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DEA doubtful of cartel order to stop fentanyl production

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DEA officials remain skeptical of reports that Mexican cartel leaders have ordered their producers to stop making fentanyl.

In early 2023, the leaders of the Sinaloa and Jalisco cartels reportedly ordered subordinates to stop the production of fentanyl. In October 2023, Los Chapitos, the group led by the four sons of imprisoned boss Joaquín “El Chapo” Guzmán, hung banners in prominent locations in Sinaloa, Sonora, and Baja California ordering the fentanyl ban.

DEA officials made it clear in the latest National Drug Threat Assessment that they are doubtful.

“The ban is probably a public relations stunt, however, or an attempt by the cartels to consolidate production among a smaller number of trusted manufacturers and punish others,” according to the report.

Furthermore, DEA officials have seen no indication of a reduction in the illicit fentanyl supply.

“Throughout 2023, fentanyl was seized at the border in equal or higher quantities as in previous years, and no DEA field office reported that fentanyl is less available or more expensive, either of which would point to a decrease in the supply,” according to the report.

Illicit fentanyl killed nearly 38,000 Americans in the first six months of 2023, according to the DEA report. Synthetic opioids were involved in 74,225 deaths in 2022 – 68% of the total 111,036 deaths that year, according to the Centers for Disease Control and Prevention.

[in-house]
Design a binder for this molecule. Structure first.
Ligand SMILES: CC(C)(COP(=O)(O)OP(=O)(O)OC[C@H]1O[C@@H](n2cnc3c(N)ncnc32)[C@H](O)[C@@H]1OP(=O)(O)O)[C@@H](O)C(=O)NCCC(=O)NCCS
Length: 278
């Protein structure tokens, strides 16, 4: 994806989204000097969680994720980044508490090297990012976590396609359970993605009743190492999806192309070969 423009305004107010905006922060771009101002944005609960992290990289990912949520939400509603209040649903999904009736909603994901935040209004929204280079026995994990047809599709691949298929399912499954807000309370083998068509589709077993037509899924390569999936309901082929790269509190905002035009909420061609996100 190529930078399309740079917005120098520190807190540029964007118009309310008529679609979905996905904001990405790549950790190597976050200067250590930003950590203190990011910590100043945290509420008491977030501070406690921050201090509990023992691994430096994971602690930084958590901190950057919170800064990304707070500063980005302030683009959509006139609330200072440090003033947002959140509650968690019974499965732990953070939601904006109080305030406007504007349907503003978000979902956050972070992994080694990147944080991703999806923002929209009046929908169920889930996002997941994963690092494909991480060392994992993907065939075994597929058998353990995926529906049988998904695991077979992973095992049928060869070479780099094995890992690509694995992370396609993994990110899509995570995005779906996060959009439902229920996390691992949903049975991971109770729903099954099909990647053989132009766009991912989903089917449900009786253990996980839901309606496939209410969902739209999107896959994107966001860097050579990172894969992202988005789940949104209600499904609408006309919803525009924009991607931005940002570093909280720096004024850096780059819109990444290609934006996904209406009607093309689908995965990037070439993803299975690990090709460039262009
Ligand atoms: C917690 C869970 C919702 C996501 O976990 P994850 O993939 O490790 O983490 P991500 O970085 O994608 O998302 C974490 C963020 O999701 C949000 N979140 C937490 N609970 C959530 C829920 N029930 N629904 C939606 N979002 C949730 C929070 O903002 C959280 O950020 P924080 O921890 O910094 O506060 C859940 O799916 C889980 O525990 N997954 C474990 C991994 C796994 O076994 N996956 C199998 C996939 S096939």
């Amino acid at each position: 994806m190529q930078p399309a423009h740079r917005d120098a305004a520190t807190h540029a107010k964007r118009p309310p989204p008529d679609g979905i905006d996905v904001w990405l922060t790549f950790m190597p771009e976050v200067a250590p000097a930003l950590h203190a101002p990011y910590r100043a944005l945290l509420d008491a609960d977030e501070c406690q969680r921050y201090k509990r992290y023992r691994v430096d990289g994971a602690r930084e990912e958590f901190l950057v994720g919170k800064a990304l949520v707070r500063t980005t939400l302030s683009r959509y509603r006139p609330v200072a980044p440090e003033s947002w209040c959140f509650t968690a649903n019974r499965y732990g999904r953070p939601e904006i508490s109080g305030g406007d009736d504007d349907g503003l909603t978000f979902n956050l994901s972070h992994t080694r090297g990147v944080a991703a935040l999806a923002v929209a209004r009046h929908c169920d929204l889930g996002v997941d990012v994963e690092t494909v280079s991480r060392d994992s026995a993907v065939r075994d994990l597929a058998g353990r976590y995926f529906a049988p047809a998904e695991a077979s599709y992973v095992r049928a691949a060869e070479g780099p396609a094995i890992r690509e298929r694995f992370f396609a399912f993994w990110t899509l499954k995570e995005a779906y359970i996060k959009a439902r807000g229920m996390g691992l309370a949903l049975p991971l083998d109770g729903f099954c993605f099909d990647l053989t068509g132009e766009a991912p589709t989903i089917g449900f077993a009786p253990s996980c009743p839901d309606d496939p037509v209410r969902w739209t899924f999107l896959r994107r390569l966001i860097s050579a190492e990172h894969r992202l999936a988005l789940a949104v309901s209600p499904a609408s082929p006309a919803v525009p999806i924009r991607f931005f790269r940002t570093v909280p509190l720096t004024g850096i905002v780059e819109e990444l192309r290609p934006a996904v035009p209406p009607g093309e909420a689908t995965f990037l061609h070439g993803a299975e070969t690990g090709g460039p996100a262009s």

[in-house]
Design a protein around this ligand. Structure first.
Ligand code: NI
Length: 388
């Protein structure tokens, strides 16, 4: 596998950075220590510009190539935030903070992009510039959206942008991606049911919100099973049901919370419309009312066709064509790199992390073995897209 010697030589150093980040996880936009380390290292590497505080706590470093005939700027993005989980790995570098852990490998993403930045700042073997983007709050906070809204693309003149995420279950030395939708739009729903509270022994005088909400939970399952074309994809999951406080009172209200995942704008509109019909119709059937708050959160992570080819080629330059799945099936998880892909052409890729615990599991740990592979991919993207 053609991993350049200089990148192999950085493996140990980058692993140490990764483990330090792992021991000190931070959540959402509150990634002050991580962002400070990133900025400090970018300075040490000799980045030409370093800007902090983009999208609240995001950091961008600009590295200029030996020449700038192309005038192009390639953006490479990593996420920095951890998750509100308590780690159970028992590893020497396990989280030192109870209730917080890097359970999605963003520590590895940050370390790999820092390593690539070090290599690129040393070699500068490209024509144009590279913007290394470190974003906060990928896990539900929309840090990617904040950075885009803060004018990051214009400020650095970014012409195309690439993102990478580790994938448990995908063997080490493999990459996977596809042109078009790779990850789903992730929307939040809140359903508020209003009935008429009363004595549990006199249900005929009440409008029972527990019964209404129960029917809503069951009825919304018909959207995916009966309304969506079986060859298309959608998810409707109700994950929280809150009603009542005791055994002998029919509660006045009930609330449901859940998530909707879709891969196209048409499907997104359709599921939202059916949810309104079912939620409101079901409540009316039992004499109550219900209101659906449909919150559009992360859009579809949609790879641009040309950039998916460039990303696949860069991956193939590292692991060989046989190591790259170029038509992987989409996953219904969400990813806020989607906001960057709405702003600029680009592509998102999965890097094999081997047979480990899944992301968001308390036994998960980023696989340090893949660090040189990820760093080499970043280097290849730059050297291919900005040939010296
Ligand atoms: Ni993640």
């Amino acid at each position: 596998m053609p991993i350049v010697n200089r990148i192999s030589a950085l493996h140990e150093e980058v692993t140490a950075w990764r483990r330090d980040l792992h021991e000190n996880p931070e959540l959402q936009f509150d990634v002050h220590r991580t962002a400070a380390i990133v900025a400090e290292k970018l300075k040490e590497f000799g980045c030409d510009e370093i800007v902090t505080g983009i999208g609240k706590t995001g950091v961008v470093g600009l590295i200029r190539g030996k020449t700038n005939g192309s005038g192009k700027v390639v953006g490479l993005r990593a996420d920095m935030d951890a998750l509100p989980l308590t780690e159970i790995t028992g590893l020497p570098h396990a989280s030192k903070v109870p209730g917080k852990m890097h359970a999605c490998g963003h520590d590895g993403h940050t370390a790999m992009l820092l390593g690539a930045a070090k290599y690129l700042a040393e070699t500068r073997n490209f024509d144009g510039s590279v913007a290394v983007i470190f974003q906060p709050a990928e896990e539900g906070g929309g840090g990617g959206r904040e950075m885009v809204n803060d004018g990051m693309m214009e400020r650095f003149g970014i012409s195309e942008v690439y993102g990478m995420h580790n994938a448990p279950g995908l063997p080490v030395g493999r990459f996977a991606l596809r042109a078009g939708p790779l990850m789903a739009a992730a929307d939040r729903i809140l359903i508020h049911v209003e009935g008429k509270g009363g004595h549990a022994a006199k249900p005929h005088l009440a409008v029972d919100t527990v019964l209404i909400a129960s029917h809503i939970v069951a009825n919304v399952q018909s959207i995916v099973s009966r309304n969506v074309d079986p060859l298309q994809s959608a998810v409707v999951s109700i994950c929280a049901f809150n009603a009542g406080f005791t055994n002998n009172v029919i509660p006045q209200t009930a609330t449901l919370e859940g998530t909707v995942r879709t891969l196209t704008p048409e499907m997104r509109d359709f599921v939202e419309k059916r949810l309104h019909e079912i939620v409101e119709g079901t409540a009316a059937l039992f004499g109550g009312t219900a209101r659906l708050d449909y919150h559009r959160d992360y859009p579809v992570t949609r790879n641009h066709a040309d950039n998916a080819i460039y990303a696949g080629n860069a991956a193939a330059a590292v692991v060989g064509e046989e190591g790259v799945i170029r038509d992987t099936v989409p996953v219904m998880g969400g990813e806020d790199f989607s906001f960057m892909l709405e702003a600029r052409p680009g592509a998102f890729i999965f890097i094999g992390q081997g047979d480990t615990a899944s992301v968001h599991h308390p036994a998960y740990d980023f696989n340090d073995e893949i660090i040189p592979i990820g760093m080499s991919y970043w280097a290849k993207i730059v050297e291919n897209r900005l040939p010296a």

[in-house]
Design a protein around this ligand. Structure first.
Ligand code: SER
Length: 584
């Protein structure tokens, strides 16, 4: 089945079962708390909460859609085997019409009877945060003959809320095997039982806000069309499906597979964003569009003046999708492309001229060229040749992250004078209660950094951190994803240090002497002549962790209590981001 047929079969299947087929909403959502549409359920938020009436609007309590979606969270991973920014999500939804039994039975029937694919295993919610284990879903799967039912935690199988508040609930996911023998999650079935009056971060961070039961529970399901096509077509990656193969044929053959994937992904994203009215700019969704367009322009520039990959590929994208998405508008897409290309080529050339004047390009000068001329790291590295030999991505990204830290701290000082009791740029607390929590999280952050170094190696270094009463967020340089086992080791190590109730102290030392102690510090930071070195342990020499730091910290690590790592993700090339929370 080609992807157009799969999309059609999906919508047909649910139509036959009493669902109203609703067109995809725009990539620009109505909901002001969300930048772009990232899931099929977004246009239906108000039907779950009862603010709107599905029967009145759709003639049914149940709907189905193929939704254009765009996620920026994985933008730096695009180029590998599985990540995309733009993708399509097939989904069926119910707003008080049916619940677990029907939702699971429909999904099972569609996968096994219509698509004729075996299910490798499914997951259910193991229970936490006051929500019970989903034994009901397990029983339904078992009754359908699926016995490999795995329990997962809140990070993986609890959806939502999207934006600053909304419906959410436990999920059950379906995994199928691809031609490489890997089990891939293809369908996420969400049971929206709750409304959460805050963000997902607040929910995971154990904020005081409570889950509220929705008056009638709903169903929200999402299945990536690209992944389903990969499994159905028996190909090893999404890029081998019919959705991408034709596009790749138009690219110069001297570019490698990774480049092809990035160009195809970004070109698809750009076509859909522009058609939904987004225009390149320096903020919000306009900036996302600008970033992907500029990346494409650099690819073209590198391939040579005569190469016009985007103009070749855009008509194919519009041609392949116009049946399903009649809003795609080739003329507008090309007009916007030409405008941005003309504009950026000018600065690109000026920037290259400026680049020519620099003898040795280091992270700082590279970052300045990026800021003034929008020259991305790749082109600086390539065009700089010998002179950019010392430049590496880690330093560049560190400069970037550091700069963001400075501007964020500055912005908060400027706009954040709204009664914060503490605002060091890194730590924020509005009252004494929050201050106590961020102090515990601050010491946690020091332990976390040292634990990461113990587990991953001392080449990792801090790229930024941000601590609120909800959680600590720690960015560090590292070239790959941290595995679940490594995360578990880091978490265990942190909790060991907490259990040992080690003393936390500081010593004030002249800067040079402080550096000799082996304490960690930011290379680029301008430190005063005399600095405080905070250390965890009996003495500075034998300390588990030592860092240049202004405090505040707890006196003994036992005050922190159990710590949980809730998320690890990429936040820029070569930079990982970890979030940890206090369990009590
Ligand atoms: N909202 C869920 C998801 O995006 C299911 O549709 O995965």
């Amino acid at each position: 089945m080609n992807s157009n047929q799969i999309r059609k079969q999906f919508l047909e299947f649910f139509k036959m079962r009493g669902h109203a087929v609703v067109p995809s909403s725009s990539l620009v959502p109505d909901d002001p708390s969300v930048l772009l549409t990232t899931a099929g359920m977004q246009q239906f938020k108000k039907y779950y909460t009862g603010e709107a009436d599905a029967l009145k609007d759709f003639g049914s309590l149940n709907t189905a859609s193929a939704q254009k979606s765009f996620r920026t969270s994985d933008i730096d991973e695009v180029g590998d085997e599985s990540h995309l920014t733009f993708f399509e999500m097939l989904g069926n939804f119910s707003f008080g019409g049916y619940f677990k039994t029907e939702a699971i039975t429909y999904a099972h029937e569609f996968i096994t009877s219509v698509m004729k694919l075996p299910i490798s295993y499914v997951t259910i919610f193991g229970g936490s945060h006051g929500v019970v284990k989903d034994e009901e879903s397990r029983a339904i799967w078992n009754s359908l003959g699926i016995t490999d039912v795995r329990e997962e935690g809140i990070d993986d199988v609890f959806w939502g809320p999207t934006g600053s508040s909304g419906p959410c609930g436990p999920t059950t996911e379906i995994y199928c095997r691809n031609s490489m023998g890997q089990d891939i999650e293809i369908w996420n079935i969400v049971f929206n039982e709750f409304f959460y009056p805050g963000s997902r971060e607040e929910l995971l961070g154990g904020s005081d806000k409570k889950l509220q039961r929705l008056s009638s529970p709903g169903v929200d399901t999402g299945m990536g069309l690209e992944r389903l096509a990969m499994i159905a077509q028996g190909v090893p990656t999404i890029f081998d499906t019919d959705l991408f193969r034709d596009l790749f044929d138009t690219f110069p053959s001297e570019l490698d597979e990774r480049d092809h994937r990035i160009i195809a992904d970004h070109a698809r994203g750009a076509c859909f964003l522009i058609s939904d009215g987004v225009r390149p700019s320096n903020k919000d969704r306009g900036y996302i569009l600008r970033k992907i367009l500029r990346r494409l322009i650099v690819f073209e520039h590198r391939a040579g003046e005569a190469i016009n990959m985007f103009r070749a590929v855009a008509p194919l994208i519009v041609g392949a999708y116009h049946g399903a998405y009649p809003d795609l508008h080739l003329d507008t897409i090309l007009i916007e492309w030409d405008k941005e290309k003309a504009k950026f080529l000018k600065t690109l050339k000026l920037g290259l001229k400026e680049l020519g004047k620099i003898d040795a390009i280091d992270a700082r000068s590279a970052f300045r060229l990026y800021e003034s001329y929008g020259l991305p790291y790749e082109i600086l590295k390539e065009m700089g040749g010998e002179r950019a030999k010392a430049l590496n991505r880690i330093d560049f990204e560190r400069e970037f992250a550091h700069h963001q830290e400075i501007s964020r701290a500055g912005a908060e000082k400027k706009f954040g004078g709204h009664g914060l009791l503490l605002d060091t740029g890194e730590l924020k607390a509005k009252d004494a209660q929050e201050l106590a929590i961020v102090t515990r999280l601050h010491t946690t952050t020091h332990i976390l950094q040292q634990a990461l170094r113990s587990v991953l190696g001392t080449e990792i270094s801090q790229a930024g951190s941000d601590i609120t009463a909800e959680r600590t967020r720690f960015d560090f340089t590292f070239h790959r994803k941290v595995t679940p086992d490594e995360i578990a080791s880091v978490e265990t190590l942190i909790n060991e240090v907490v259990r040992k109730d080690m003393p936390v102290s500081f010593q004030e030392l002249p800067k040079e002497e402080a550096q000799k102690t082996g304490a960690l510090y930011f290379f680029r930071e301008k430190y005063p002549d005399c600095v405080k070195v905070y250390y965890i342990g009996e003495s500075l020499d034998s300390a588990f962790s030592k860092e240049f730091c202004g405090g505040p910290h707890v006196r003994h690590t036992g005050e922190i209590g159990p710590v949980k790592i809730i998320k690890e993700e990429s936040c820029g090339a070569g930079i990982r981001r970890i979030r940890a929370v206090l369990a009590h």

DEA officials said the cartels use precursor chemicals from China along with pill presses to press fentanyl into pills that resemble prescription medication. Cartels and street dealers also mix illicit fentanyl with other drugs including heroin and cocaine, increasing the risk of overdose or death.

The report also noted that the purity level of illicit fentanyl in the U.S. drug market has increased and the amount of fentanyl found in counterfeit prescription pills has increased, making the nation’s top drug threat even more dangerous.

Seizures of fentanyl are at record levels, according to the report. Over the past two years seizures of fentanyl powder nearly doubled. DEA seized 29,048 pounds of fentanyl in 2023. And the more than 79 million fentanyl pills seized by DEA in 2023 was almost triple what was seized in 2021.